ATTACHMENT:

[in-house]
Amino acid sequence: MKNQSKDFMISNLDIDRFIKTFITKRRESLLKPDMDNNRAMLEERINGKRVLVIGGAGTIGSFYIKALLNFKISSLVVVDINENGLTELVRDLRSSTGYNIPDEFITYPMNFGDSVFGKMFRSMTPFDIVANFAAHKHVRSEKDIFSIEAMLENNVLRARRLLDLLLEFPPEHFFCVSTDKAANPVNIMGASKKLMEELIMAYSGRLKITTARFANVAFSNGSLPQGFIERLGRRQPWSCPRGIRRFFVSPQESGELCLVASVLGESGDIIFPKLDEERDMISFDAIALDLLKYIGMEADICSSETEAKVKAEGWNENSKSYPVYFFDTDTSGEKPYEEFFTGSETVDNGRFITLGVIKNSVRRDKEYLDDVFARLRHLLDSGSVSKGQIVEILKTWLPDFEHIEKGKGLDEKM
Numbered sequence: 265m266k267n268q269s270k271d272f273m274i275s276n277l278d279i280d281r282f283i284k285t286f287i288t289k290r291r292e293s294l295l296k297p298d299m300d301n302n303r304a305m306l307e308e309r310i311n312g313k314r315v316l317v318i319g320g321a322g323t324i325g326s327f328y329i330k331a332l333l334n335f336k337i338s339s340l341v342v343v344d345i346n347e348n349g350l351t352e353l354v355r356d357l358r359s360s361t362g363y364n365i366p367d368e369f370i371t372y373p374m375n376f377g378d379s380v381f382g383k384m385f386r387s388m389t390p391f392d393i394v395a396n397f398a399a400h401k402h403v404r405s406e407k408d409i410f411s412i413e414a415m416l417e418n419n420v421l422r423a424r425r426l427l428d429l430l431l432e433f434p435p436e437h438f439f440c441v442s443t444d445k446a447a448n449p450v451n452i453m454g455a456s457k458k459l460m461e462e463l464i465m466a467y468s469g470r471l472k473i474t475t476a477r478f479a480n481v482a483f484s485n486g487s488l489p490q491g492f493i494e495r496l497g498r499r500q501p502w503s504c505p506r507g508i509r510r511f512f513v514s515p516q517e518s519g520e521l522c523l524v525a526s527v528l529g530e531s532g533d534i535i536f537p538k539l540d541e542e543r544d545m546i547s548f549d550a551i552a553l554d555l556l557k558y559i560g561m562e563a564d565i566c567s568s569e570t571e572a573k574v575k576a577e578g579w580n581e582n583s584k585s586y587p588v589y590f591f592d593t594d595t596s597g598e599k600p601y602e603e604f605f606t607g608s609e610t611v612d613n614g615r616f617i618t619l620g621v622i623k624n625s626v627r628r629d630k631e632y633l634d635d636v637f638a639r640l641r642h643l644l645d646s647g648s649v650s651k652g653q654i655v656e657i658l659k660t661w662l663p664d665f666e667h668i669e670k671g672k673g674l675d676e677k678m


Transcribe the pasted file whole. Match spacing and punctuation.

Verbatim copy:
[in-house]
Amino acid sequence: MKNQSKDFMISNLDIDRFIKTFITKRRESLLKPDMDNNRAMLEERINGKRVLVIGGAGTIGSFYIKALLNFKISSLVVVDINENGLTELVRDLRSSTGYNIPDEFITYPMNFGDSVFGKMFRSMTPFDIVANFAAHKHVRSEKDIFSIEAMLENNVLRARRLLDLLLEFPPEHFFCVSTDKAANPVNIMGASKKLMEELIMAYSGRLKITTARFANVAFSNGSLPQGFIERLGRRQPWSCPRGIRRFFVSPQESGELCLVASVLGESGDIIFPKLDEERDMISFDAIALDLLKYIGMEADICSSETEAKVKAEGWNENSKSYPVYFFDTDTSGEKPYEEFFTGSETVDNGRFITLGVIKNSVRRDKEYLDDVFARLRHLLDSGSVSKGQIVEILKTWLPDFEHIEKGKGLDEKM
Numbered sequence: 265m266k267n268q269s270k271d272f273m274i275s276n277l278d279i280d281r282f283i284k285t286f287i288t289k290r291r292e293s294l295l296k297p298d299m300d301n302n303r304a305m306l307e308e309r310i311n312g313k314r315v316l317v318i319g320g321a322g323t324i325g326s327f328y329i330k331a332l333l334n335f336k337i338s339s340l341v342v343v344d345i346n347e348n349g350l351t352e353l354v355r356d357l358r359s360s361t362g363y364n365i366p367d368e369f370i371t372y373p374m375n376f377g378d379s380v381f382g383k384m385f386r387s388m389t390p391f392d393i394v395a396n397f398a399a400h401k402h403v404r405s406e407k408d409i410f411s412i413e414a415m416l417e418n419n420v421l422r423a424r425r426l427l428d429l430l431l432e433f434p435p436e437h438f439f440c441v442s443t444d445k446a447a448n449p450v451n452i453m454g455a456s457k458k459l460m461e462e463l464i465m466a467y468s469g470r471l472k473i474t475t476a477r478f479a480n481v482a483f484s485n486g487s488l489p490q491g492f493i494e495r496l497g498r499r500q501p502w503s504c505p506r507g508i509r510r511f512f513v514s515p516q517e518s519g520e521l522c523l524v525a526s527v528l529g530e531s532g533d534i535i536f537p538k539l540d541e542e543r544d545m546i547s548f549d550a551i552a553l554d555l556l557k558y559i560g561m562e563a564d565i566c567s568s569e570t571e572a573k574v575k576a577e578g579w580n581e582n583s584k585s586y587p588v589y590f591f592d593t594d595t596s597g598e599k600p601y602e603e604f605f606t607g608s609e610t611v612d613n614g615r616f617i618t619l620g621v622i623k624n625s626v627r628r629d630k631e632y633l634d635d636v637f638a639r640l641r642h643l644l645d646s647g648s649v650s651k652g653q654i655v656e657i658l659k660t661w662l663p664d665f666e667h668i669e670k671g672k673g674l675d676e677k678m